Pollen germination

Those fascinating observations from pollen grain germination in the Brahma Kamalam drew me  irresistibly towards flowers of other plants. Recently I have been watching educational videos as now I am planning to create videos for school students using Foldscope images. In the biology videos for Classes 11 & 12 I noticed that Vinca rosea (Periwinkle) is commonly used to show pollen germination.

I decided to try that with the medium that we had earlier used to observe the Brahma Kamalam’s pollen. I took a drop of solution on a glass slide and dusted the pollen onto it.

Within just a few minutes the pollen started germinating.

The foldscope was attached to my iPad and I quickly pressed the time lapse option. I stopped after 20 minutes and replayed the video. I kind of lost the full field of view but you can see towards the end that two of the pollen tubes suddenly burst and the plasma pours out.

I then scanned the slide and found many pollen grains interlocked with pollen tubes. It looks like cent percent germination.

Next I took pollen from a  just-bloomed flower, attached a Foldscope to my iPad and left it for an hour on time-lapse. Here I saw various events: plasmolysed pollen, burst out pollen and germinating pollen. Notice that the fast-growing pollen tube near the top is connected to the most hectic activity inside the pollen grain!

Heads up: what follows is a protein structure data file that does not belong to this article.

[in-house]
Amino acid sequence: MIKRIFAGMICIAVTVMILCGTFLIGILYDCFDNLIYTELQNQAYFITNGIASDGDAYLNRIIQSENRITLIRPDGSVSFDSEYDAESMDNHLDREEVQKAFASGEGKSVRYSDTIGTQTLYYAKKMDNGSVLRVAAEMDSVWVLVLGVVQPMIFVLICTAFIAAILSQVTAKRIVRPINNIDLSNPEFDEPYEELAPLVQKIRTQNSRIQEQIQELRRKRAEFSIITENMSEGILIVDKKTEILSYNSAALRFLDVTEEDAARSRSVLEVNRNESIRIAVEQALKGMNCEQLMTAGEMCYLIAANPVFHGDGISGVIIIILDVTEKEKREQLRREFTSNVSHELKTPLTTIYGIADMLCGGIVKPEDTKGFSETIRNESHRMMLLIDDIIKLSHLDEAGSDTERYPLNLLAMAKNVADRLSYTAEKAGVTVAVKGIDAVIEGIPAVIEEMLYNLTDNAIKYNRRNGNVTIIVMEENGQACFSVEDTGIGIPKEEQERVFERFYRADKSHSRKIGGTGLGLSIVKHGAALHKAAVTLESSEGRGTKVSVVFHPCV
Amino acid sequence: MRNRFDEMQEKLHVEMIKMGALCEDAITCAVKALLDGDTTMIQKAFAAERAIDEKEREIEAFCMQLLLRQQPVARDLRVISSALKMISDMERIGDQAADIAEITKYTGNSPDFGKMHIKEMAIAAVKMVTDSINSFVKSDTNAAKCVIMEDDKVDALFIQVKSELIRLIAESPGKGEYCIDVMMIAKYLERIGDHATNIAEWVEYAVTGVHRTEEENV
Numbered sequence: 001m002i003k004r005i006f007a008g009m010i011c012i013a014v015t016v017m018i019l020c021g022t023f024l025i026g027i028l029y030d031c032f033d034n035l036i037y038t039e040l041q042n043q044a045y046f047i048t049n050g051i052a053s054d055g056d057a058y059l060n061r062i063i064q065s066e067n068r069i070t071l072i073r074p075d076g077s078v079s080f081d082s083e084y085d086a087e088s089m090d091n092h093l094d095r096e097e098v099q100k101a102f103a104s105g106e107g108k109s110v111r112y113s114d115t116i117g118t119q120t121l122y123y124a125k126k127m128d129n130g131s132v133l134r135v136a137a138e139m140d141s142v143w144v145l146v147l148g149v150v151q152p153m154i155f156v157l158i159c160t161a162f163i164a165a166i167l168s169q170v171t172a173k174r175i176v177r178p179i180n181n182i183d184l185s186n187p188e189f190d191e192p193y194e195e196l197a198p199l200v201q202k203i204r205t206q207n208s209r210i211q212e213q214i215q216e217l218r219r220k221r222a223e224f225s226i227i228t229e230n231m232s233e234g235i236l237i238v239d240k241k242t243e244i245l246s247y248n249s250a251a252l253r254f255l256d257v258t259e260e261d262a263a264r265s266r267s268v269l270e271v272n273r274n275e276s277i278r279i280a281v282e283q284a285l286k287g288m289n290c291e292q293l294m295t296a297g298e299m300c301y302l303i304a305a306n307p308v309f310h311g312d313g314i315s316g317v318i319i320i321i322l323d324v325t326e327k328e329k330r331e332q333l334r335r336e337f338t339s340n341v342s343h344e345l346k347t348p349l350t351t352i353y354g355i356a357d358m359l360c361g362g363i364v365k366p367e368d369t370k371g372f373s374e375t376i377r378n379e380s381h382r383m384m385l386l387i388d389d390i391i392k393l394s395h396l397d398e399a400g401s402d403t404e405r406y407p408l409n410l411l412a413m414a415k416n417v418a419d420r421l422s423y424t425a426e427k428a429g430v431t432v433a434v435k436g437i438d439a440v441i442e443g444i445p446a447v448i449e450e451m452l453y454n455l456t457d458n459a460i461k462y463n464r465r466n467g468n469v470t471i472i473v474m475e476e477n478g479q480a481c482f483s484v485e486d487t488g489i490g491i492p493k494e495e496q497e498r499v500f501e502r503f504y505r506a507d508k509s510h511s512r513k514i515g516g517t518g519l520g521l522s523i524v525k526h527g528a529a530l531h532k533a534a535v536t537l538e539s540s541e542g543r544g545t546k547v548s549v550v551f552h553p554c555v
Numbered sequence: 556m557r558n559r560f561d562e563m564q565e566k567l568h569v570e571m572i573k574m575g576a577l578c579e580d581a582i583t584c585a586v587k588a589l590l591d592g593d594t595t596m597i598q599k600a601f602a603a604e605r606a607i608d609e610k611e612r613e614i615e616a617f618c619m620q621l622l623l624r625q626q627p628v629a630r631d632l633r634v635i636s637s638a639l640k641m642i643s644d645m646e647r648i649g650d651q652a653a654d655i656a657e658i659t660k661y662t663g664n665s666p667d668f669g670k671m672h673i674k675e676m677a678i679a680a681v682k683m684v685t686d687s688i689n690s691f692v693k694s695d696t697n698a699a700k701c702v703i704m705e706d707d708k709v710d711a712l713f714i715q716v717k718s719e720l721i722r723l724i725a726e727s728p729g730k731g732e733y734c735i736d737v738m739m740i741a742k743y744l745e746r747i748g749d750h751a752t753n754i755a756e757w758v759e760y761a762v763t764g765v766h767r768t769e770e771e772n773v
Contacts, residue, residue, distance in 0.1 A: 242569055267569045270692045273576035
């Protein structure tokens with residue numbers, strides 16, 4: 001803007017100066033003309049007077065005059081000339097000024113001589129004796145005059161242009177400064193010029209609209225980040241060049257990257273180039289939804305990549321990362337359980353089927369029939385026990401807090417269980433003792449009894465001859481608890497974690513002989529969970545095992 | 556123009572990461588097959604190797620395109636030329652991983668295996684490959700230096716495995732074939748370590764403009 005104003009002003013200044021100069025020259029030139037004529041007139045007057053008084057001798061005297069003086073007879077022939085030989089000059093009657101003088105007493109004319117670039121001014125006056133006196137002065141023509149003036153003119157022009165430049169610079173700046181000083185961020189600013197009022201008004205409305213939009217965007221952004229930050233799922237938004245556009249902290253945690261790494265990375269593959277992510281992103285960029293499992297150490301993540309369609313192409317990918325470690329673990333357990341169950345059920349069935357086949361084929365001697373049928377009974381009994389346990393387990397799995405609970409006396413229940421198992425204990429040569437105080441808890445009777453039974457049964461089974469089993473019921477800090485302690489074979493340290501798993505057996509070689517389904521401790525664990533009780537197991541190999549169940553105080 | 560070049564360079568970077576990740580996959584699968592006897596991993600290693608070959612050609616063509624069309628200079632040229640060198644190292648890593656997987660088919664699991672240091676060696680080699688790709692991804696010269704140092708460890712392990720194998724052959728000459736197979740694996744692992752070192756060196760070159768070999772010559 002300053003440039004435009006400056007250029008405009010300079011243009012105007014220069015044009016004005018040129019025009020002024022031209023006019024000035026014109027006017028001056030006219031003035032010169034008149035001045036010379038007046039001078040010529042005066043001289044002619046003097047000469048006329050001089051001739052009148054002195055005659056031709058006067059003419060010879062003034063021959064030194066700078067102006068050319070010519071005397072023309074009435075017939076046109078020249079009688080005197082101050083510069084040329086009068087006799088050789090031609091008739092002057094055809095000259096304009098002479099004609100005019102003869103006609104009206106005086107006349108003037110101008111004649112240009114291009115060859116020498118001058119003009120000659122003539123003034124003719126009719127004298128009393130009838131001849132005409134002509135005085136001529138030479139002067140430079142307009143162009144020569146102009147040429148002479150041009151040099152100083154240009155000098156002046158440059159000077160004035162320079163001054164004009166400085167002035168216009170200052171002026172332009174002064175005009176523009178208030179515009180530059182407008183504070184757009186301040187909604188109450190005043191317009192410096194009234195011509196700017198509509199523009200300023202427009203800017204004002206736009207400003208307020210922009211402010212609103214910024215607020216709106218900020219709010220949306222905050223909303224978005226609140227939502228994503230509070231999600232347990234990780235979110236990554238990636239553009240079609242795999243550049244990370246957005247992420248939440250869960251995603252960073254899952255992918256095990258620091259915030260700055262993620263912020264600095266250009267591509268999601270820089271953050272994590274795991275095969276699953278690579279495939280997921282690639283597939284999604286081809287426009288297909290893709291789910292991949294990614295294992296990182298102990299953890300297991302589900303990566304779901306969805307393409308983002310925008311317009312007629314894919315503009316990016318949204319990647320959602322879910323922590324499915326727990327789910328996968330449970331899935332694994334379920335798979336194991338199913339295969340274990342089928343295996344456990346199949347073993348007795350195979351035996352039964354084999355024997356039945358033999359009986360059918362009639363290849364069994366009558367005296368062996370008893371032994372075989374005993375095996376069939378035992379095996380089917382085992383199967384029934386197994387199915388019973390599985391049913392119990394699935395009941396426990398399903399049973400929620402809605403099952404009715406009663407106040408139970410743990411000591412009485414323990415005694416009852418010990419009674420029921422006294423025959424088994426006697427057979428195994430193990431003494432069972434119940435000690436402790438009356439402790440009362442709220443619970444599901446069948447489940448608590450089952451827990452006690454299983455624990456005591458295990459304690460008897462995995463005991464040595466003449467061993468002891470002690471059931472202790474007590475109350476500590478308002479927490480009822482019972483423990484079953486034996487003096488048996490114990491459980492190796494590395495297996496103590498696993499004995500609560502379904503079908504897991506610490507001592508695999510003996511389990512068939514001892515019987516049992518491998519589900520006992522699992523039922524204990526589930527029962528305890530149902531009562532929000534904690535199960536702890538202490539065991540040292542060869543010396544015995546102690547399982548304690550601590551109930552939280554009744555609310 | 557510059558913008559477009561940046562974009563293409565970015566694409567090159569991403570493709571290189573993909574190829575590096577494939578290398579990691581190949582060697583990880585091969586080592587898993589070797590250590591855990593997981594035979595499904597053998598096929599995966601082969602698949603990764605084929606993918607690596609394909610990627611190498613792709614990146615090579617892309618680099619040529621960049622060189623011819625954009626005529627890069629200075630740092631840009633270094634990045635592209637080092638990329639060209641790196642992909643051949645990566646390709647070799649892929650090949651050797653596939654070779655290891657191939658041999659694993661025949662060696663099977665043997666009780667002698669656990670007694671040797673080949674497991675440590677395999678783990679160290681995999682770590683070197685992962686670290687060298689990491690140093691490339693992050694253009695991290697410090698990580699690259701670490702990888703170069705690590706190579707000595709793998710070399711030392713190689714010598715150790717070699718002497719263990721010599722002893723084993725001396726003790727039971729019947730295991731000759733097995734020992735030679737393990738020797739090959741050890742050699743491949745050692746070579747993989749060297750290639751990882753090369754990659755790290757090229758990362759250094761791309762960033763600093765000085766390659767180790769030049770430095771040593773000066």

Next I turned to the older flowers and recorded for one hour. Hurray! Almost all the pollen grains germinated and the plasma movement was clear too.

It is my first perfect time-lapse video. Watch and enjoy!


 I continued my observations with Mirabilis Jalapa flower (also known as the four o’clock flower).

This is the largest pollen grain I have observed. Again I put the pollen into the medium. Before starting the time lapse I saw that some pollen grains were open.

This time too, I recorded an hour’s footage as a time-lapse.

No change, not even the slightest movement in the protoplasm. Is this medium not working on this plant pollen? Or is the pollen grain not viable?

The next victim in my hand was Zephyranthes candida (rain lily). Usually these flowers open at night and release pollen at dawn. I collected this flower at noon and noticed its anthers were intact.

I tore the anther and dusted pollen into the medium. The pollen grains were oblong in shape. I took a time-lapse video for an hour. Here we can see slight movement in the protoplasm but no indication of germination. Is this because of late anthesis? I should have waited to collect the pollen at their natural time of release.

My next victim was yet another sacred plant, Ocimum tenuiflorum (Krishna tulsi) or holy basil. It has small purple flowers with yellow anthers, and the smallest pollen grains I have ever observed. This image shows the hexacolpate pollen.

Again I tried a time-lapse video for one hour. It shows the tiny grains of pollen sitting around a large anther. I noticed minute movement in the pollen grains but not much change.

From all these observations I came to the conclusion that this medium had some effect on Epiphyllum oxypetalum (not clear if it was germination) and Vinca rosea (definitely germination). In pollen germination concentration of medium and temperature are important factors. Maybe the change in proportions of calcium, boron, sucrose and magnesium influences the germination of pollen.

There are so many possibilities for studying the germination of pollen of different plants. Slowly this Foldscope is dragging me towards research into something that is unknown to me. 

Cheers,
Ashalatha

6 Comments Add yours

  1. Manu Prakash says: